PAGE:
Point 2: Public schools do not have the time or resources to cater to all religions considering the primary task at hand.

The purpose of K-12 education is to fulfill specific social obligations to transfer the wealth of human knowledge to all our children. The goal of our public system is to allow every child to develop his/her talent, and bring each one of them into full membership in our economic, cultural, and social national community. This includes music, the arts, sports, physical and mental play, communication and expression. We prepare children to become active contributors to our culture and full participants in our democratic institutions.

Because of the diversity in religious differences and the importance these differences mean to individual members of the community. It is unreasonable to think a single organization like a public school could do a better job of teaching an acceptable and proper message about God than a church dedicated to this subject matter could do. Any attempt to do this would distract from a schools core curriculum.

In summary, while I believe my opponent should be able to freely speak his/her mind in a public school as a student. I would encourage he/her, and like minded individuals to recognize our system was set up to be as fair and inclusive as possible. While I share the same faith in God Pro has, I recognize the potential dangers of allowing any governing authority to make decisions about God.

In closing, my debate friend correctly stated, "Unfortunately, we live in a sinful world and everyone has their different logic of beliefs." It is exactly for this reason I believe a secular government in a sinful world is so important. Governments have always proved to be poor moral authoritarians. This was particularly true when government and religion are one in the same as persecution is rampant... This however, is a topic for another debate.

Thank you for your time and consideration my friend.
Debate Round No. 2
asshat69

Pro

In conclusion, I have had actually a great time discussing this debate with you. It has been quite the show. I am just a sophomore in high school and I really tried my hardest at this debate. Alas, you have showed me reasons why the Bible is not allowed in Public schools. I wanted to see the other side of things, and you gave every single fact that states why Bibles aren't allowed. I look forward for the next time we might debate.
SemperVI

Con

Thank you asshat, I too enjoyed debating you! I am encouraged to see students like you take a position on something you feel strongly about and express those ideas in a manner others can contemplate and consider as you did. The truth is, it is a difficult subject matter to debate on either side. Debate is what makes a democracy healthy. Knowledge is what makes you spiritually and mentally healthy.

Perhaps someday, schools will consider offering theology as an elective you can sign up for. Theological philosophy is critical in understanding our past. You can agree with it, or disagree with it, but if you ignore it, you do not know the full story. You did well my friend and I would love to debate you again.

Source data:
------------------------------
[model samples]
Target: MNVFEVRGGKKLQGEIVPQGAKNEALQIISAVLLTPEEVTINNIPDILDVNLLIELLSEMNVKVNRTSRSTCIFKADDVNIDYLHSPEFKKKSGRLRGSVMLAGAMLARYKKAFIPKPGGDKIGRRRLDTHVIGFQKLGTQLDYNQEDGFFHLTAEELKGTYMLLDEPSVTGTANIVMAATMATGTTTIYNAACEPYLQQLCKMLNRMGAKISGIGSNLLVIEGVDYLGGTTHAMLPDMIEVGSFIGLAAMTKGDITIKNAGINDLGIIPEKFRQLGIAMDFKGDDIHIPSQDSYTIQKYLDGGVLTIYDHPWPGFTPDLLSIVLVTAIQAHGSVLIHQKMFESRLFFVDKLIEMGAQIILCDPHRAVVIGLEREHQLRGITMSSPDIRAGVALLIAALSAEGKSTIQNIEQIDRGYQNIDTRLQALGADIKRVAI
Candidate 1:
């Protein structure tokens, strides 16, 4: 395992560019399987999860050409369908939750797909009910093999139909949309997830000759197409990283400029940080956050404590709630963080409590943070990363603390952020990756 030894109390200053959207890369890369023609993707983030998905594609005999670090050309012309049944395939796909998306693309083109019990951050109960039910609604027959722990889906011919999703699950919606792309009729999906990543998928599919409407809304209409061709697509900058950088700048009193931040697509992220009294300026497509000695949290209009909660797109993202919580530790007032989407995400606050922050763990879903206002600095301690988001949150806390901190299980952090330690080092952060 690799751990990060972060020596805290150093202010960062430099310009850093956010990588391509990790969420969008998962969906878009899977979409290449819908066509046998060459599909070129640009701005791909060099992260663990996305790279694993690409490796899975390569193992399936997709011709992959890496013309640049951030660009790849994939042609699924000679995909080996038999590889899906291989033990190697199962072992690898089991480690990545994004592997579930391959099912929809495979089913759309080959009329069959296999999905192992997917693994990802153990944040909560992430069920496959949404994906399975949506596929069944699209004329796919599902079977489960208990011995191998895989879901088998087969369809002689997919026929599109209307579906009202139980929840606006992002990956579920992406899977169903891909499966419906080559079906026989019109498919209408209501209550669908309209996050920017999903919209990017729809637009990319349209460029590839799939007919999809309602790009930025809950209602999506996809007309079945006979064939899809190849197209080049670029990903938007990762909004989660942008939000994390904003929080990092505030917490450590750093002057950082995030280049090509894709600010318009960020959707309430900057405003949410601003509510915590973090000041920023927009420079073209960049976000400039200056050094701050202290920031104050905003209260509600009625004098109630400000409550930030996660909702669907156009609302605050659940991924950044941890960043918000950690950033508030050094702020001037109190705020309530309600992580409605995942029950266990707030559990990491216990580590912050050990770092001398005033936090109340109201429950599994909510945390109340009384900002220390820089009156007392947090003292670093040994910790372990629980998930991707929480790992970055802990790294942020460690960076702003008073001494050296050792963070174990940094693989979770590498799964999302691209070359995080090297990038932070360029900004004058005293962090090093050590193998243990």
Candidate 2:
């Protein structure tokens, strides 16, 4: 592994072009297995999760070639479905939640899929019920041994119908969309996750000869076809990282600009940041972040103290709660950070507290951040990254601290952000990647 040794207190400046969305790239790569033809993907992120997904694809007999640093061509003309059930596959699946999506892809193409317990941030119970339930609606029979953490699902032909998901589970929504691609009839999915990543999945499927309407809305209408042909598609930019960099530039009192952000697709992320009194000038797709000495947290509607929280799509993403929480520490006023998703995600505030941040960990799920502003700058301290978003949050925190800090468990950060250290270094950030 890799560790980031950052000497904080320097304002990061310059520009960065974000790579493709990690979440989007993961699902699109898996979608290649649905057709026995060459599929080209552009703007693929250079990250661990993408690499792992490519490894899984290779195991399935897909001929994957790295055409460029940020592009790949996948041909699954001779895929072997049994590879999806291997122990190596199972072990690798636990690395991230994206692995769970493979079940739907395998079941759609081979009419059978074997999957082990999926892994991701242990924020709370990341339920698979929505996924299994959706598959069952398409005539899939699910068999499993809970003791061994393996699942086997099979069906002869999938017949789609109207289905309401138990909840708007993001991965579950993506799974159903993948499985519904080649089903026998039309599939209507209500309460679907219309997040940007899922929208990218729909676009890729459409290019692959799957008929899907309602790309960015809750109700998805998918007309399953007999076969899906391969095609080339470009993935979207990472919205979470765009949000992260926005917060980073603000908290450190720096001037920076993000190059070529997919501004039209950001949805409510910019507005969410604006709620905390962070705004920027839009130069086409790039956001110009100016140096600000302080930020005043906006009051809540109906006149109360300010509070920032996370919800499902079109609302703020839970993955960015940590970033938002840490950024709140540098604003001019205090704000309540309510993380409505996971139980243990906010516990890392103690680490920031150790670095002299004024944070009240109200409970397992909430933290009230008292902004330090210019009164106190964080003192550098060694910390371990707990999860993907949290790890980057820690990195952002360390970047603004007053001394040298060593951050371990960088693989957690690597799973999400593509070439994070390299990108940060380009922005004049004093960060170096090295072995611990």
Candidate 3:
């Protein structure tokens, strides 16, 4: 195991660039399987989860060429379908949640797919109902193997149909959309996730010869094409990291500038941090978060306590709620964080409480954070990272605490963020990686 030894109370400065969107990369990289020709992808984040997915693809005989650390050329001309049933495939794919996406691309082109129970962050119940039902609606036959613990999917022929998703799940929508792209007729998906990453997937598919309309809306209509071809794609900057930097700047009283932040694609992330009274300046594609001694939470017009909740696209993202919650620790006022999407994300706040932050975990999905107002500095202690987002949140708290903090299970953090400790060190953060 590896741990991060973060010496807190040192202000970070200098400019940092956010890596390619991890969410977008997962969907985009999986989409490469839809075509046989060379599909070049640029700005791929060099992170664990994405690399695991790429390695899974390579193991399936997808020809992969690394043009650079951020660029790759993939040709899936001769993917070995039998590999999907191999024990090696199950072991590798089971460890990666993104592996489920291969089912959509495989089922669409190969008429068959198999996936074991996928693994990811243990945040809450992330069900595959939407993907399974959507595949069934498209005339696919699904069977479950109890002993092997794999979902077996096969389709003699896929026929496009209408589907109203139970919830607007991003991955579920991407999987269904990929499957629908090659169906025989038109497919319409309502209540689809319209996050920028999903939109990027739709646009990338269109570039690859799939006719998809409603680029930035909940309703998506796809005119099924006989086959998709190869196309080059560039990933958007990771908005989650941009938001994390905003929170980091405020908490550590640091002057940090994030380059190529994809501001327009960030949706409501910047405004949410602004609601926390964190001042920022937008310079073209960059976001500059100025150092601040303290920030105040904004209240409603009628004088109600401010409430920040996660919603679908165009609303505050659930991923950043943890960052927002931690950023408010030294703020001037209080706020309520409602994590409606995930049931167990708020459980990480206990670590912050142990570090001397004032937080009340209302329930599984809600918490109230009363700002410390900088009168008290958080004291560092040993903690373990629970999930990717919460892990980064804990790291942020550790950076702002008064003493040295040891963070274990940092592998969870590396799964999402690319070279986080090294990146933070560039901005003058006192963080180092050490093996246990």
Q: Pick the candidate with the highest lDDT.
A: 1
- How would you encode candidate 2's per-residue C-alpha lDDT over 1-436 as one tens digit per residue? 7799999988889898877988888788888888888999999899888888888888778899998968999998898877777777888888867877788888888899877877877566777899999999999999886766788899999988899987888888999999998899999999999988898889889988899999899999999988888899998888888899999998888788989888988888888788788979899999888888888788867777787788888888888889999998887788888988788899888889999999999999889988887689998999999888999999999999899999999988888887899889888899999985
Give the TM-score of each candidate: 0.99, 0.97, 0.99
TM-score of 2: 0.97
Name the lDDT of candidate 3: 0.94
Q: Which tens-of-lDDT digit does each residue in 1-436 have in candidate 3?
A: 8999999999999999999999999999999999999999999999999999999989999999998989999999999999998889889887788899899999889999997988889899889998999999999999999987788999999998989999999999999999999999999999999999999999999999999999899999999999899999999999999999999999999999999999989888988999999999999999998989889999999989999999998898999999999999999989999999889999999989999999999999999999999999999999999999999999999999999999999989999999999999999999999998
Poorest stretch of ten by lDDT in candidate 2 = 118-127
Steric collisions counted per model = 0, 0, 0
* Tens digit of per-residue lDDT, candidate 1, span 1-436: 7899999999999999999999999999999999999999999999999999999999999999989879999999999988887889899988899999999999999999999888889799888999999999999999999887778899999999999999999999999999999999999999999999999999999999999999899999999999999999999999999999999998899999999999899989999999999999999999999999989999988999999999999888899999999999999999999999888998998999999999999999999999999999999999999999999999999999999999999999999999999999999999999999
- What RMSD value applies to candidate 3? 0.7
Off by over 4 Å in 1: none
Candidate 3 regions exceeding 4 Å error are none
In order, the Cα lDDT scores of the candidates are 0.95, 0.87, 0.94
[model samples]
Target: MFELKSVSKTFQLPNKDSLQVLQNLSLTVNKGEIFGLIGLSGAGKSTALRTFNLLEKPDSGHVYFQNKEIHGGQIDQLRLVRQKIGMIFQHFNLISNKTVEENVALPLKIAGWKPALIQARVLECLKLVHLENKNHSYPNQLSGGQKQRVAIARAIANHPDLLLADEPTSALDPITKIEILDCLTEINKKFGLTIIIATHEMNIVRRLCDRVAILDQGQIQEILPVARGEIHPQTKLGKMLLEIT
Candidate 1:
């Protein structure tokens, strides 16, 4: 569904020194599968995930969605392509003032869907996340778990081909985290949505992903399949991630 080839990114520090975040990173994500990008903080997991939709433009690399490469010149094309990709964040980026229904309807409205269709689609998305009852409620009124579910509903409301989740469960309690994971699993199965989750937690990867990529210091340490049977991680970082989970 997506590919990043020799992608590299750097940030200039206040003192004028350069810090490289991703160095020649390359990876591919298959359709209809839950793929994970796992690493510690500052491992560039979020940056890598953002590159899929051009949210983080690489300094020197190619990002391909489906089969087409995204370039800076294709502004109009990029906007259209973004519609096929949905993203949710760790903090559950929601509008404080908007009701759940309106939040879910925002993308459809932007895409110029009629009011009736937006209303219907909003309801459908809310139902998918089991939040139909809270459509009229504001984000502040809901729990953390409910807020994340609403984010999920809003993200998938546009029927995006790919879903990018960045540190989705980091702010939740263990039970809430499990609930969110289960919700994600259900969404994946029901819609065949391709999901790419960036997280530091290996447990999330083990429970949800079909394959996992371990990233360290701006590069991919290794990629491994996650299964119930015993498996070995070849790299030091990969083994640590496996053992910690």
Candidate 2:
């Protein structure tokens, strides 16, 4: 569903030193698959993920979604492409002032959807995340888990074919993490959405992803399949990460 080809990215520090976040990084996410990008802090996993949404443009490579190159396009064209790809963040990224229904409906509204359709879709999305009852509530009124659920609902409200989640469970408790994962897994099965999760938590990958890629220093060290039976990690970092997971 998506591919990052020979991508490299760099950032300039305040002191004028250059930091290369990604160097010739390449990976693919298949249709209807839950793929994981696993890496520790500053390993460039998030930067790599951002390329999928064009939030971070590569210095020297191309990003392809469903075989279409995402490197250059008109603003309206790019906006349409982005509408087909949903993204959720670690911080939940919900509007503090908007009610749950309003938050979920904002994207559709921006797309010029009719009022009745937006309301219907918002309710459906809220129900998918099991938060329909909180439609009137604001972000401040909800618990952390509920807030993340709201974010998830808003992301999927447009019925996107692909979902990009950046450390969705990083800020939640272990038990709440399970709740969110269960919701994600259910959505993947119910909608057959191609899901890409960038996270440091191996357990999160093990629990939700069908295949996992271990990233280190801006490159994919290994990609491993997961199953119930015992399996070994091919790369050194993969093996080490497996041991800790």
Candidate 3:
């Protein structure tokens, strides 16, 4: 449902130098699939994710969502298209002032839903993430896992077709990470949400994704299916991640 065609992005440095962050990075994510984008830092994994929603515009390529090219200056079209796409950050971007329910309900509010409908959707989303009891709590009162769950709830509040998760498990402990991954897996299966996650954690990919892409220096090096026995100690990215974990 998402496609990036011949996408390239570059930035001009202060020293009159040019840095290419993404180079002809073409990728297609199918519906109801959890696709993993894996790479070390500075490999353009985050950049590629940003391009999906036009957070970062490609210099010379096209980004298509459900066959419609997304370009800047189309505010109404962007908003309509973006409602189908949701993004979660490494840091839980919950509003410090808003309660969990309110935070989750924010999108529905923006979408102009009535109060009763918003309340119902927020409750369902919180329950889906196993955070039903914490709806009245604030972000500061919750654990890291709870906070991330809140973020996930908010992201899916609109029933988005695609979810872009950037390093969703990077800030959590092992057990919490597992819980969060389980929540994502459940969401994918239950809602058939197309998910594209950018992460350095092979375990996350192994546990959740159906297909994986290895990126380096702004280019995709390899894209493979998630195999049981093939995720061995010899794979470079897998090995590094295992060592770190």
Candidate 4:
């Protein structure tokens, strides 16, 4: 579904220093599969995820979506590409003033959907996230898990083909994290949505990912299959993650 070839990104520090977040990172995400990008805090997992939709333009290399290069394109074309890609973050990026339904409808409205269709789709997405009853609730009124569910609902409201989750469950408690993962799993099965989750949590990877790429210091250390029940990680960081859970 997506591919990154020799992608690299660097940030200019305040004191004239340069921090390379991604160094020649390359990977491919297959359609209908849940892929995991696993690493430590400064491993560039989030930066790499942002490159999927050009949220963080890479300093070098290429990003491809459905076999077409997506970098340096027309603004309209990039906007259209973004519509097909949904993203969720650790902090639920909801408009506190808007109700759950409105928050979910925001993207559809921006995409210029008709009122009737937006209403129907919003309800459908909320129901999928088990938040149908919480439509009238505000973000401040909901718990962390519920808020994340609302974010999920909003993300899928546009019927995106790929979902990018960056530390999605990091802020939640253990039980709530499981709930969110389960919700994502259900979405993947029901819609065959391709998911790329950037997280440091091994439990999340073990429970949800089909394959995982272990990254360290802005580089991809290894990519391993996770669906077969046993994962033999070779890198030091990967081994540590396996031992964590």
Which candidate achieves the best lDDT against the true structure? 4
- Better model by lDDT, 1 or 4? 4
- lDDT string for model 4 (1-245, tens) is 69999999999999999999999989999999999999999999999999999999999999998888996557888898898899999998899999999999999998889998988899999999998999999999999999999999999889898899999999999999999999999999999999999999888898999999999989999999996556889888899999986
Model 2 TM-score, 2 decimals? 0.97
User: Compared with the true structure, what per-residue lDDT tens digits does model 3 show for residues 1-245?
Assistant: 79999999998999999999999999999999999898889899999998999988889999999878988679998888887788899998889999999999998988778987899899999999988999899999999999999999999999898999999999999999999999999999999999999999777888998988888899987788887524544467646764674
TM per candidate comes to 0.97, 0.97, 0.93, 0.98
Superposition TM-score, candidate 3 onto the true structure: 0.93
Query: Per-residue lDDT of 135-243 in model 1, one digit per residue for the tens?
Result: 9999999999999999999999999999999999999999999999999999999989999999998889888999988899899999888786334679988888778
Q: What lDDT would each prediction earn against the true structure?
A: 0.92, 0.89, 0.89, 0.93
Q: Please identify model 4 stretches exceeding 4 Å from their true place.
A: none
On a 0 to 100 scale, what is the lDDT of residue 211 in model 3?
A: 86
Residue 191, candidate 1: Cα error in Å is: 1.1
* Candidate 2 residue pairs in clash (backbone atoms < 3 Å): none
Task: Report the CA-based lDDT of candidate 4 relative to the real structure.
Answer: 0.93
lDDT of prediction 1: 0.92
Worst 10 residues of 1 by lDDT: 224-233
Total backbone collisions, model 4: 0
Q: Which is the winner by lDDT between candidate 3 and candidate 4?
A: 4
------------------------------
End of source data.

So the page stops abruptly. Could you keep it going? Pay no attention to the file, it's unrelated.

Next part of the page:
In closing, while it is true, many public schools are attempting to stifle student prayer in school. They will never be able to do this as long as they keep giving the students tests.

Take care and good luck! :)
Debate Round No. 3
48 comments have been posted on this debate. Showing 1 through 10 records.
Posted by ajr18 3 years ago
ajr18
I found another video y'all might appreciate too. Google "Richard Dawkins Talking Education Episode 1."
Posted by ajr18 3 years ago
ajr18
I know I'm behind, but y'all should google "Daniel Dennett teach religion ted." Even though he's an atheist, he still argues that religion should be taught in schools. He's even for proselytizing, just as long as teachers also teach facts.
Posted by SemperVI 3 years ago
SemperVI
Very well stated bucklebunny...
Posted by bucklebunnie 3 years ago
bucklebunnie
I know this is a debate and my responses probably don"t fall within the guidelines, but I felt compelled to reply.

Religion in school: Some people believe that an individual should choose their own faith and belief system. When we are children this past on faith is not fully understood, and easily manipulated.

PRO:" I feel that the government is restricting teens and kids from knowledge."

I also consider myself a knowledge seeker and/or truth seeker. I have also often wondered, "Is an authority figure hiding some form of hidden knowledge from us?" After sometime of searching for this thing that someone was hiding from me, I slowed down and thought deeply about what it was that I had been hunting for, for all these years. Then I realized I wasn"t hunting at all. I was exploring, creating, and inventing. Then I thought, "Maybe it was just as our forefathers had searched and found God, the stars, planets, words, disease, and cures. That searching for the unknown is just what humans do."